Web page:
Mike Sacopulos:

That is a good lesson that needs to be learned by all levels of our society, I think. How can physicians unweave systemic racism in the medical field? It seems like these awful statistics that you're able to so easily cite have been around for a while. And our knowledge does not seem to translate to action, which seems to be called for by the very statistics. Can you help me? Can you give me some hope and some ways of moving forward?

 

Shannon Prince:

One way is to be proactive about continuing your medical education to make sure that you're a doctor who can serve all patients competently. In my book, I describe how most dermatology textbooks only have pictures of what's skin disorders look like on white skin. If you are trying to unweave that systemic racism, you need to be proactive about learning what skin disorders look like on skin that has various levels of melanin. Or for example, we know that when children have sickle cell disease, they're at risk of stroke. And there's a test that's been around for decades that can be given to screen children for this stroke. Because there's so little attention to sickle cell disease and how to treat it, which is not disjunctive from the fact that in America, people who suffer from sickle cell disease are mostly black, physicians don't screen kids, and the results are predicatively devastating. They had these debilitating strokes that could have been prevented. Unweaving systemic racism means understanding what populations of color need to be healthy, and then shaping your medical education so that you are equipped to provide that healthcare.

 

Another thing to do is to conduct a checkup on yourself. For example, a 2016 study showed that white medical trainees believe things such as black people's nerve endings weren't as sensitive. And we see disparities in the amount of pain care that black patients are given versus the care that white patients are given. Black patients are consistently given less. So just ask yourself, when I see a black person purporting to be in pain if I'm more likely to think that that person is a drug seeker, look back at the amount of medication you've given to different patients. Did you give more to similarly situated white patients than you did to black patients? Even though these are individual decisions and individual behaviors, they exist in the context of stereotypes that we have about whole populations, and they result in systemic issues. So be proactive about pursuing your medical education, and then do that checkup on yourself, and reflect on how you practice.

 

Mike Sacopulos:

Is that a checkup that you think needs to be done with some regularity?

 

Shannon Prince:

Oh, absolutely. It can be easy to get jaded. You can, for example, go into a hospital in an urban center, very confident and rightfully so in your anti-racist ethos, and then perhaps after you encounter some patients who are drug seekers, you start stereotyping all patients of color as drug seekers, or you become more cynical when someone says that they're in pain, not recognizing that black people don't abuse drugs at higher rates than whites. And that if you were at a white hospital, you would also be encountering a certain amount of drug-seeking patients. Just recognize that people are dynamic, people are fluid.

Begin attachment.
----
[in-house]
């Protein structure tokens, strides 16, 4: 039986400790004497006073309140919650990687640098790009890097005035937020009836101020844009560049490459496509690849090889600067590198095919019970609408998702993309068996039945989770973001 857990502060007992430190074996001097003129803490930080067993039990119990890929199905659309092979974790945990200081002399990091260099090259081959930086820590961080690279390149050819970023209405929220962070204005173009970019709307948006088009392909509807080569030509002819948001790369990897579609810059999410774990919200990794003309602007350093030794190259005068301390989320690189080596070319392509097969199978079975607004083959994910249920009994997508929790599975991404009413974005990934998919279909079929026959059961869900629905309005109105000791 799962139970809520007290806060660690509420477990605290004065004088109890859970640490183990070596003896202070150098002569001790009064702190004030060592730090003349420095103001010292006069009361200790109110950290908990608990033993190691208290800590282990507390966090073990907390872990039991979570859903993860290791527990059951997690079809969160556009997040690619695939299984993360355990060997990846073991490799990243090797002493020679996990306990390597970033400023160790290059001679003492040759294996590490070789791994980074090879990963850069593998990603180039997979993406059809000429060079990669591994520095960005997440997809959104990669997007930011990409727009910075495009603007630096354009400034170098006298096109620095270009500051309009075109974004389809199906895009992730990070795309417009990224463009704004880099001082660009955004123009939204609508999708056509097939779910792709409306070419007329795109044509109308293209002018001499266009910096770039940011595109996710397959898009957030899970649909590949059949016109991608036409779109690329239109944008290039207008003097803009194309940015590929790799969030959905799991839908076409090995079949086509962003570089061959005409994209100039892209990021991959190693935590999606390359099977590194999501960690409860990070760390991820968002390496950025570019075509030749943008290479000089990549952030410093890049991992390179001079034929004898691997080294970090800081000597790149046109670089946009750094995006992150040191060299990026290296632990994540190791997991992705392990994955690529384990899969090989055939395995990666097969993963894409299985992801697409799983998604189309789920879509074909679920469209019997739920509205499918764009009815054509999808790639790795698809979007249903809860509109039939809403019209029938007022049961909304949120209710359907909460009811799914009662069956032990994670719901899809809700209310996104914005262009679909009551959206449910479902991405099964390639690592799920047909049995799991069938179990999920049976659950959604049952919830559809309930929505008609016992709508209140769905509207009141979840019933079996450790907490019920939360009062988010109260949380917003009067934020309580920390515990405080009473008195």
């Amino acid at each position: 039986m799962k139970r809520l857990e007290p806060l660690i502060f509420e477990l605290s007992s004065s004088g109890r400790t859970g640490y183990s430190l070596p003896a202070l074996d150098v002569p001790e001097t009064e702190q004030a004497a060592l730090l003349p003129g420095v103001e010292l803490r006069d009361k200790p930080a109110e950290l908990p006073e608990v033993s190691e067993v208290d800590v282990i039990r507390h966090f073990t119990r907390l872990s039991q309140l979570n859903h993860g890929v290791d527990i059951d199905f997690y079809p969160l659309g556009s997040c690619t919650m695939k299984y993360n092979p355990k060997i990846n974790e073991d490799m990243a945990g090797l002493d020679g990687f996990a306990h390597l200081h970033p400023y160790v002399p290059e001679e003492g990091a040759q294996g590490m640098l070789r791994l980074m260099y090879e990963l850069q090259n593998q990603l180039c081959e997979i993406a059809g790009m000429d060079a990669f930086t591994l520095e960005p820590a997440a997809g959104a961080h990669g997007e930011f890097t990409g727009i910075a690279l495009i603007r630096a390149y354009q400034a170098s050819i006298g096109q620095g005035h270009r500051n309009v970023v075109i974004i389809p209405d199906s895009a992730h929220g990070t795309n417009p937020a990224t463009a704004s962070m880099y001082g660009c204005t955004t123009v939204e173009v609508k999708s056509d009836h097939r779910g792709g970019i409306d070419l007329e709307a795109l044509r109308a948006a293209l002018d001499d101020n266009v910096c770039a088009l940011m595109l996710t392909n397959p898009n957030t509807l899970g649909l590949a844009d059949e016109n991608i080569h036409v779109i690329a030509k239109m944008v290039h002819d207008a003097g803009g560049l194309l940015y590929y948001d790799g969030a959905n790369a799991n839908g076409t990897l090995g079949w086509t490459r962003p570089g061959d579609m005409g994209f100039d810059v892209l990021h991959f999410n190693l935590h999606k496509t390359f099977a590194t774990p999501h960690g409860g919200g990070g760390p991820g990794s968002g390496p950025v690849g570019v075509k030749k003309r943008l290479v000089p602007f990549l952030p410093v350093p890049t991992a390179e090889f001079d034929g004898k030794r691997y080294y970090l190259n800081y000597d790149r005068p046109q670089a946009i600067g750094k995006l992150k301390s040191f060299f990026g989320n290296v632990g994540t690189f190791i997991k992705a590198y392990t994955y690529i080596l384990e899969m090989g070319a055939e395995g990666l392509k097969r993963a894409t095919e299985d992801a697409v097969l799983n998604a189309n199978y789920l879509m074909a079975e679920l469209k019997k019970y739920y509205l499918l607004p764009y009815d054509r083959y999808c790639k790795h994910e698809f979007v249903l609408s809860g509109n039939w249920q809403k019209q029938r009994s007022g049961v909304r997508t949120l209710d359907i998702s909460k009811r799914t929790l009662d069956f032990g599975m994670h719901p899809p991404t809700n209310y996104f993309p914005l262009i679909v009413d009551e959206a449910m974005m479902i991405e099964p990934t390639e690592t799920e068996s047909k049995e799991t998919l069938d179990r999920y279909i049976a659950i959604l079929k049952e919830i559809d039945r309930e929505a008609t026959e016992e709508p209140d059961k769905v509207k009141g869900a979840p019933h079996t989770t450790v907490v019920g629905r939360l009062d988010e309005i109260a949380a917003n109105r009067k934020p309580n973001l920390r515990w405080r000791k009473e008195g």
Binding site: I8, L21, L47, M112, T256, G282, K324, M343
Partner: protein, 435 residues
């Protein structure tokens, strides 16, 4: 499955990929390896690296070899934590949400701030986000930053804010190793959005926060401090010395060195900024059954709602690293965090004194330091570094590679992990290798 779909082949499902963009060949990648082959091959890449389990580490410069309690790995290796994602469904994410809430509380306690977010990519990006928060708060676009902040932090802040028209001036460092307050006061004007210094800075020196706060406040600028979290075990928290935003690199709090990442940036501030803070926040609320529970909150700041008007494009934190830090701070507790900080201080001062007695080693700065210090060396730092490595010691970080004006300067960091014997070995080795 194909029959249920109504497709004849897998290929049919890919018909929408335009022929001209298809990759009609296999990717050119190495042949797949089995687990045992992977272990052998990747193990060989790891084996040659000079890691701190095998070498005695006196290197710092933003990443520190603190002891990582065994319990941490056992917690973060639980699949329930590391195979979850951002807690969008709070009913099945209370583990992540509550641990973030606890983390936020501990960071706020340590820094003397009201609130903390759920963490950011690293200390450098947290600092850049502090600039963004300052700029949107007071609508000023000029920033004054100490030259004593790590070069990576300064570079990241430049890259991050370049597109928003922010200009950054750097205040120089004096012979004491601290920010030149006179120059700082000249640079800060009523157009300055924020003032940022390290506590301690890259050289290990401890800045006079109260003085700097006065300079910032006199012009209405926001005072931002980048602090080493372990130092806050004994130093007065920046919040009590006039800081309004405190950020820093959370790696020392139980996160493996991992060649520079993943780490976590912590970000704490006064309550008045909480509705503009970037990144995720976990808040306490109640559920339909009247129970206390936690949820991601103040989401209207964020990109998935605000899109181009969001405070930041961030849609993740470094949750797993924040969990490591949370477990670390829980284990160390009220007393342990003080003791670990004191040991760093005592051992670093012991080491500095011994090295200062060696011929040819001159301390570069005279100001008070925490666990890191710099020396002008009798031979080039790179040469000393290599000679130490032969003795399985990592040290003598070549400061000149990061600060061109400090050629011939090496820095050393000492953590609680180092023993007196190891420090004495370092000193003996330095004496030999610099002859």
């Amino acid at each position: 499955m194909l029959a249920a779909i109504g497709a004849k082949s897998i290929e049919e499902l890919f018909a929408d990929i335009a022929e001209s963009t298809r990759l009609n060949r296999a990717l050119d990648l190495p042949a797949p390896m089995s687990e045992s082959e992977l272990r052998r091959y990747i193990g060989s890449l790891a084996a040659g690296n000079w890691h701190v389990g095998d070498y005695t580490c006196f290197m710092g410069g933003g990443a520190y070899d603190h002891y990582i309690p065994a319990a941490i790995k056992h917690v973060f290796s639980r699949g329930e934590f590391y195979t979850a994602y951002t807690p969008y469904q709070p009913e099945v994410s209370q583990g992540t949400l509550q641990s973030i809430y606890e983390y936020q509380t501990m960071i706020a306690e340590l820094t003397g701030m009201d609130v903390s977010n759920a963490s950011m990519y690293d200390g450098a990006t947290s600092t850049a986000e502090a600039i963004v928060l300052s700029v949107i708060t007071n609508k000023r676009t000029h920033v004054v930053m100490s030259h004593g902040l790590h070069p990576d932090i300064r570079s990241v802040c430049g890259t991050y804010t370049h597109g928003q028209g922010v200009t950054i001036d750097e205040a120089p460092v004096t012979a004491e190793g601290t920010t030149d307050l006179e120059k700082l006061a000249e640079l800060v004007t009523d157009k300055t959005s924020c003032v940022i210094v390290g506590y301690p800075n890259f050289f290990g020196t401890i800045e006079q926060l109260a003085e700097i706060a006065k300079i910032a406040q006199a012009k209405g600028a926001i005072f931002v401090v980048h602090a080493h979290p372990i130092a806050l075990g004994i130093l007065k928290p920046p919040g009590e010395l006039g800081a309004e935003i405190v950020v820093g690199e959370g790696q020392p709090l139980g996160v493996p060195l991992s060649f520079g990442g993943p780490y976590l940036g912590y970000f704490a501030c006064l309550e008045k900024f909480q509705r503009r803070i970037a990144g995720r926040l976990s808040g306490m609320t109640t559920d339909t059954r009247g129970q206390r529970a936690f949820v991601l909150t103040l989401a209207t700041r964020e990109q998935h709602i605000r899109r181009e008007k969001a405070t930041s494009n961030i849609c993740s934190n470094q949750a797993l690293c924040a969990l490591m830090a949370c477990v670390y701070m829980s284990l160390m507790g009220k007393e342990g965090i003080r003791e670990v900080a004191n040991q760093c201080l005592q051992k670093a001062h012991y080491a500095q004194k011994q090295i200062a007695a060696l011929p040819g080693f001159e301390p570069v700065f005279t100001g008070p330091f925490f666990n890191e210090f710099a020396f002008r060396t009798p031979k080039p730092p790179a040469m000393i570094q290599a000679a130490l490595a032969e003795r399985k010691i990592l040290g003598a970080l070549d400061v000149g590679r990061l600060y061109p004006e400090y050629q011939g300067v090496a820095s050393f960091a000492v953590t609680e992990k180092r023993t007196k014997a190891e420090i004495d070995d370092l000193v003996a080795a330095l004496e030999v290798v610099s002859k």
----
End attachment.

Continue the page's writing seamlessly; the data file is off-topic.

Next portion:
Mike Sacopulos:

Let's talk about historic racism of the medical field. And I'm sure that we could also talk about historic racism in our profession, the legal profession, but this is a podcast for the medical community. So I'm interested in what advice you would have, Dr. Prince, for physicians that are interested in or need to reckon with the legacy of historic racism in the medical field.

 

Shannon Prince:

I think it's important to orient yourself to disparities. So for example, in my book, I talk about how cystic fibrosis, which is a genetic disease that primarily affects white Americans, gets three and a half times more research funding from the national institutes of health, and 440 times more funding from national research foundations than sickle cell disease does, even though that's an equally serious genetic illness, but it's an illness that primarily affects black Americans, some Hispanic Americans. And this disparity occurs even though one-third, fewer Americans have cystic fibrosis than have sickle cell disease. So when one disease is getting that much more research dollars than another disease in the past and continue into the present, that means that a cure is that much more proximate for that disease that we're investing in healing than for the disease that we're neglecting.